CHASTAIN v. The STATE.
Steve Eugene Chastain was convicted of theft by taking. In this appeal, he claims the evidence was insufficient to sustain the verdict. He also contends the trial court erred in recharging the jury and in refusing to exclude the victim's testimony after a purported violation of the rule of sequestration. Finding no merit to these assertions, we affirm.
Viewed in a light most favorable to the verdict, the evidence established that the theft of the victim's 1993 Toyota pickup truck occurred after Chastain had been a guest at the victim's home for two days. The victim permitted Chastain, his mother-in-law's friend, to stay with him and his family because Chastain had no money, steady job, car, or place to live.
The victim testified that when he went to bed at about 11:00 p.m. or 12:00 a.m., the keys to his truck were on the nightstand in his bedroom. Shortly after arising at 3:45 the next morning, the victim discovered that his keys, his truck, and Chastain had vanished.1 Lacking transportation, the victim contacted his employer to explain that he could not get to work because his truck had been stolen. At about 9:00 a.m., Chastain telephoned. When asked if he had taken the truck, Chastain initially remained silent. But after the victim begged him to return the truck saying, “I have to make money for my family,” Chastain finally responded, saying, “I'm sorry.” When the victim demanded the truck's return, Chastain hung up. The victim then contacted law enforcement authorities to report the theft.
When Chastain telephoned a second time, he said, “Please don't have me locked up.” The victim again asked him to bring his truck back and told Chastain he had already called the police. Shortly thereafter, Chastain returned the truck in a slightly damaged condition, and after confronting Chastain about the theft, the victim contacted police. As a sheriff's vehicle approached, Chastain fled out the back door. The victim denied giving Chastain permission to use or borrow his truck.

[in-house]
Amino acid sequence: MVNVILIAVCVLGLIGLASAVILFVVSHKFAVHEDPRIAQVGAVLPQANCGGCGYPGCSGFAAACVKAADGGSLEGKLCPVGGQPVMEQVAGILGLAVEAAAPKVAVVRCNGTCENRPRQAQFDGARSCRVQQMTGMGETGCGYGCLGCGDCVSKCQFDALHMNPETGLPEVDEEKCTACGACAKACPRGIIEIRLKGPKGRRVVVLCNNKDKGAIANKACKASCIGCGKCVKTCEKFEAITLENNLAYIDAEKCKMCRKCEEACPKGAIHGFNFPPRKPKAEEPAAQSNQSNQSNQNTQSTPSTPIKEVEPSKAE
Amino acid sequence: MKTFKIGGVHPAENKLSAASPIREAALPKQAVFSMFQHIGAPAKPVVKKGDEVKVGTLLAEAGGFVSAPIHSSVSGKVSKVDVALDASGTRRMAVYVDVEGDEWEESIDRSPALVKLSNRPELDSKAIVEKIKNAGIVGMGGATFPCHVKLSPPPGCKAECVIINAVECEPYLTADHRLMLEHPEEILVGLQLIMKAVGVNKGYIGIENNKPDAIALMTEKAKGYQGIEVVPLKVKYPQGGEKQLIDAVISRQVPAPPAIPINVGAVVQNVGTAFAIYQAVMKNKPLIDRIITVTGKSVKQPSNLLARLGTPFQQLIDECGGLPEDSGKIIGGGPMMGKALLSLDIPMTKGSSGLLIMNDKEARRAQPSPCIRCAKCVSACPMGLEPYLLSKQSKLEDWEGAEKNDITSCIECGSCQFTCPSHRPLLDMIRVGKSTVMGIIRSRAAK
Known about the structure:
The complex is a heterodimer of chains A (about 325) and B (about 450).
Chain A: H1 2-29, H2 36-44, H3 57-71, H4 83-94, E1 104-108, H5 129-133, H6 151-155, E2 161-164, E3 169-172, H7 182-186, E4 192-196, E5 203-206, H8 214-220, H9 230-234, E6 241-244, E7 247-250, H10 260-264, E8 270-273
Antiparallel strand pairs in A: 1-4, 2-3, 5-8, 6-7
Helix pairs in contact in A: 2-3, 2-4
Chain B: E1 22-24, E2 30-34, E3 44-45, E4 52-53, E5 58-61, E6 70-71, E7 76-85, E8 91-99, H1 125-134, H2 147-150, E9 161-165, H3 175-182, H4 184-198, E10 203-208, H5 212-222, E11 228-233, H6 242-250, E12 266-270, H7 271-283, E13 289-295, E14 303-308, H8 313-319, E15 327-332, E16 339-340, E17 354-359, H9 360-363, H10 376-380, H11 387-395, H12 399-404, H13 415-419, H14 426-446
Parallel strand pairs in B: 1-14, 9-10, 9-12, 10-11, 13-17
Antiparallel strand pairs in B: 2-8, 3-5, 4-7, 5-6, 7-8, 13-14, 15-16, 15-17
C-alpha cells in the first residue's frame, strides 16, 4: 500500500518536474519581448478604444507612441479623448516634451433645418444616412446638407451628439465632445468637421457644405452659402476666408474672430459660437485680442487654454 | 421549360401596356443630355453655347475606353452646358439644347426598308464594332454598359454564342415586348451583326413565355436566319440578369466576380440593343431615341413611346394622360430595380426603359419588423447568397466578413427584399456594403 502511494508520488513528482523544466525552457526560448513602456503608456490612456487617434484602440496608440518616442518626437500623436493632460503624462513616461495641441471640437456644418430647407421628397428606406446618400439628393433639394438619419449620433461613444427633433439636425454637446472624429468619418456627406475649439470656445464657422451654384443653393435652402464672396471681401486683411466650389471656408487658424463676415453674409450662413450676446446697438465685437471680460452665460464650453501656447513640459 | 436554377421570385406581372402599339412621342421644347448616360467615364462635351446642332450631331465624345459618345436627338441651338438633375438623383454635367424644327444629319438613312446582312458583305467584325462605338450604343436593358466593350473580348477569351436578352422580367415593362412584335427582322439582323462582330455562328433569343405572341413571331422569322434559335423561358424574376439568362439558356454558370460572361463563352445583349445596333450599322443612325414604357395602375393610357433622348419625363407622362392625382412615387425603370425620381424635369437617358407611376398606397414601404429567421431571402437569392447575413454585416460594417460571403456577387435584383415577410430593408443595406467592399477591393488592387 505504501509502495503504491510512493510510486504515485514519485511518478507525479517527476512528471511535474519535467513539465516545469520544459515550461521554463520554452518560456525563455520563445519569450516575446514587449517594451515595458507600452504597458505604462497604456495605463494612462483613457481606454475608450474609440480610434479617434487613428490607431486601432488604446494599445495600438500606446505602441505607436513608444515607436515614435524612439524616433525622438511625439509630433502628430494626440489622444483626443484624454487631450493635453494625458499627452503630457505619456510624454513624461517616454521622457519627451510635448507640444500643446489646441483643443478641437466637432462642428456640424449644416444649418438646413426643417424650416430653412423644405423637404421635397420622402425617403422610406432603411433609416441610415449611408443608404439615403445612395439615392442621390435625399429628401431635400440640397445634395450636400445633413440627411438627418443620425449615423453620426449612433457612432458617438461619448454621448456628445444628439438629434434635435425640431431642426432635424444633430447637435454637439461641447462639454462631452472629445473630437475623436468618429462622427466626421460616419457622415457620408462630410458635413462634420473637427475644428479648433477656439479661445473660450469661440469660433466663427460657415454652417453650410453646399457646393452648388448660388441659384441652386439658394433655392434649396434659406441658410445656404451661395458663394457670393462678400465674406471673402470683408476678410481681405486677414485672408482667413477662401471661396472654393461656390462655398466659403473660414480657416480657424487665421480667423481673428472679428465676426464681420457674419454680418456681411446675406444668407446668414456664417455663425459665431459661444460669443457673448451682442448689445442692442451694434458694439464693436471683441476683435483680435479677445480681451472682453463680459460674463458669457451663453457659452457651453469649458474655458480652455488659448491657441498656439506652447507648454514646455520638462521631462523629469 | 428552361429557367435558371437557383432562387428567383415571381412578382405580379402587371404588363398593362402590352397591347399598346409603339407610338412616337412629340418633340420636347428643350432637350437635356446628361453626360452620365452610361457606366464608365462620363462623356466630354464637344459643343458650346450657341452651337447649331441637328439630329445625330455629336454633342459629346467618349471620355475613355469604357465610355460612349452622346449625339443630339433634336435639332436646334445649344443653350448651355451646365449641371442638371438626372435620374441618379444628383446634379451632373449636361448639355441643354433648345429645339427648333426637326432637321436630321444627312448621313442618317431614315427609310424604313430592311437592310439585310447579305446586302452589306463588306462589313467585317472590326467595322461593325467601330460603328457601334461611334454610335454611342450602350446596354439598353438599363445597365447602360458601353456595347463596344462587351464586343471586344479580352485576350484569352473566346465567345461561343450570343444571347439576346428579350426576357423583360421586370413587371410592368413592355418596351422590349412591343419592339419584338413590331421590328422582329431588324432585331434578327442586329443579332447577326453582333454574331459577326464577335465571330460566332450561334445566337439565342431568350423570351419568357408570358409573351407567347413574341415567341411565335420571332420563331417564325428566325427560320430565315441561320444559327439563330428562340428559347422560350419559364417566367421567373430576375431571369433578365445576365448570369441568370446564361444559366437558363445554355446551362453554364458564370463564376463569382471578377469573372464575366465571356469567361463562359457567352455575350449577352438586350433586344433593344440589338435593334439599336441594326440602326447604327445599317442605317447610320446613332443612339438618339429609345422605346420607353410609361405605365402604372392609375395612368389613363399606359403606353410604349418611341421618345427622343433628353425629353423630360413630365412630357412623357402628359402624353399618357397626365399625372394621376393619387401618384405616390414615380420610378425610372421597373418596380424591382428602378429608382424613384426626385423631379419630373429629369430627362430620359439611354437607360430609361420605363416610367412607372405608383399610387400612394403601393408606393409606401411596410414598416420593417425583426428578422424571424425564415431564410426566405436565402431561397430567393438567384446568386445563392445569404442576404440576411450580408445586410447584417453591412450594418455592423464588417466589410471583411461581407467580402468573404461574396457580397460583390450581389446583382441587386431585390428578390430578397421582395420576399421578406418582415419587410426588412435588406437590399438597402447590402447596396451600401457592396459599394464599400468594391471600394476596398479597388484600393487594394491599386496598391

1. Chastain asserts the verdict was contrary to the evidence and justice and was against the weight of the evidence. When the general grounds are raised, this court considers only the sufficiency of the evidence. Yawn v. State, 237 Ga.App. 206, 515 S.E.2d 182 (1999). Therefore, we address only whether the evidence was sufficient to sustain a verdict that Chastain committed the offense of theft by taking. See Romano v. State, 233 Ga.App. 149, 152(2), 503 S.E.2d 380 (1998). “A person commits the offense of theft by taking when he unlawfully takes ․ any property of another with the intention of depriving him of the property, regardless of the manner in which the property is taken or appropriated.” OCGA § 16-8-2. Chastain took the truck without the owner's knowledge or consent and failed to return it when asked to do so. Since it is undisputed that Chastain did, in fact, take property belonging to another without lawful authority, the only real issue was intent to deprive the owner of the property, a question solely for the jury. Cole v. State, 186 Ga.App. 243, 244(1), 366 S.E.2d 844 (1988).